In July 2001, Louisiana Governor Mike Foster approved the new gambling compact. The tribe later claimed that there was evidence that Scanlon's proposed strategies were implemented. Abramoff and Scanlon proposed a much larger scope of work to the tribe.
The Ysleta del Sur Pueblo, or "Tigua tribe" opened its Speaking Rock Casino near El Paso, Texas in 1993. In 1999 the State of Texas sought to have the casino closed based on its interpretation of the Tribal Restoration Act, which had granted the tribe Federal recognition. The act stated that "[all] gaming activities which are prohibited by the laws of the State of Texas are hereby prohibited on the reservation and on lands of the tribe." The State of Texas interpreted this provision as allowing state law to preempt the tribe's ability to operate a casino. Future senator John Cornyn led the court challenge as the Texas Attorney General. The State of Texas succeeded in closing the casino in 2002.
In October 2001, Abramoff suggested to the Louisiana Coushatta that the Texas legislature was "one vote away" from legalizing certain forms of gambling in Texas. The Alabama Coushatta, a related but competing tribe, was also seeking to open a casino in eastern Texas in 2001. Abramoff told the Louisiana Coushatta that if the Tigua succeeded in their court case, Texas would be forced to allow the Alabama Coushatta to open a casino in the state.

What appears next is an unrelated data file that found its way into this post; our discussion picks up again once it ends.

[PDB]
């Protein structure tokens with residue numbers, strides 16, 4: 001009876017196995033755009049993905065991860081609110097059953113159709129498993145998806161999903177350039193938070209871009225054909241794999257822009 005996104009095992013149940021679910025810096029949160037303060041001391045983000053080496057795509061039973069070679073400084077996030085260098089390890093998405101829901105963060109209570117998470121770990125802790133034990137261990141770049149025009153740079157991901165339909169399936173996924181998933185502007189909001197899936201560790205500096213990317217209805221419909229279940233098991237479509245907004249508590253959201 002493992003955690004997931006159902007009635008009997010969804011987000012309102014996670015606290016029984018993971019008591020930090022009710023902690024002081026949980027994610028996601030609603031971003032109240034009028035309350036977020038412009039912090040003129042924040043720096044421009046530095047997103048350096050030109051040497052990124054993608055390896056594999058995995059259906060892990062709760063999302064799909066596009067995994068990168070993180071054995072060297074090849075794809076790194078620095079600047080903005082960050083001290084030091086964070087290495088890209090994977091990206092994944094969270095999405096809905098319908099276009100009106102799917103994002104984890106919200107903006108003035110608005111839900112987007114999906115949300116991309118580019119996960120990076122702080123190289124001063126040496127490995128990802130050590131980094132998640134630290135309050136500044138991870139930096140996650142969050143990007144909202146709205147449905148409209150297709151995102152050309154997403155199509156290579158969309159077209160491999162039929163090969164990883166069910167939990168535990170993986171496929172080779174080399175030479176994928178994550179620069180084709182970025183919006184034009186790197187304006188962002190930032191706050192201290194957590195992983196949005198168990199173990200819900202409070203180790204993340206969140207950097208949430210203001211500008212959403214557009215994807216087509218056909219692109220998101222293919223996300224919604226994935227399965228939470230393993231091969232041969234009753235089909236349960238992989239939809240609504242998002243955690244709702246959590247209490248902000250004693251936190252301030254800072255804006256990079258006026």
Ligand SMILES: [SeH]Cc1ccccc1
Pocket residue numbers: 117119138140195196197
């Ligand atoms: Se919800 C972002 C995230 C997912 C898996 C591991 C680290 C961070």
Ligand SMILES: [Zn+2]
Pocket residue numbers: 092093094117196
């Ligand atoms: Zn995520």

As the Louisiana Coushatta attracted many customers from eastern Texas to their casino, a Texas-based Indian casino could pose a grave threat to their livelihood. Scanlon suggested forming a "Grassroots Political Structure" in Texas to oppose the Tigua's effort to have gambling approved on their land. Abramoff and Scanlon succeeded in negotiating nearly $4 million in additional fees for a "Louisiana Program". Although the fees were purportedly to support grassroots activities, Scanlon insisted that $1 million be paid directly to Greenberg Traurig. He said, "we plan to do some things through the law firm umbrella due to their highly sensitive nature and confidentiality reasons. I hate hiding behind lawyers—but we are going to do some crazy stuff on this one—so I guess it's ok." In fact, the day before Abramoff had directed Scanlon by email to run some of the fees money directly through his firm: "I want to see if we can pump up our LDA [reporting requirements under the Lobbying Disclosure Act] for the second half to make sure we don't fall out of the top ten [lobbying firms]. I can achieve this if I can run some of the money for the Coushattas through the firm and then get it to CCS." Abramoff deceived both the Coushatta and Greenberg Traurig by having the money redirected as a donation to the Capital Athletic Foundation.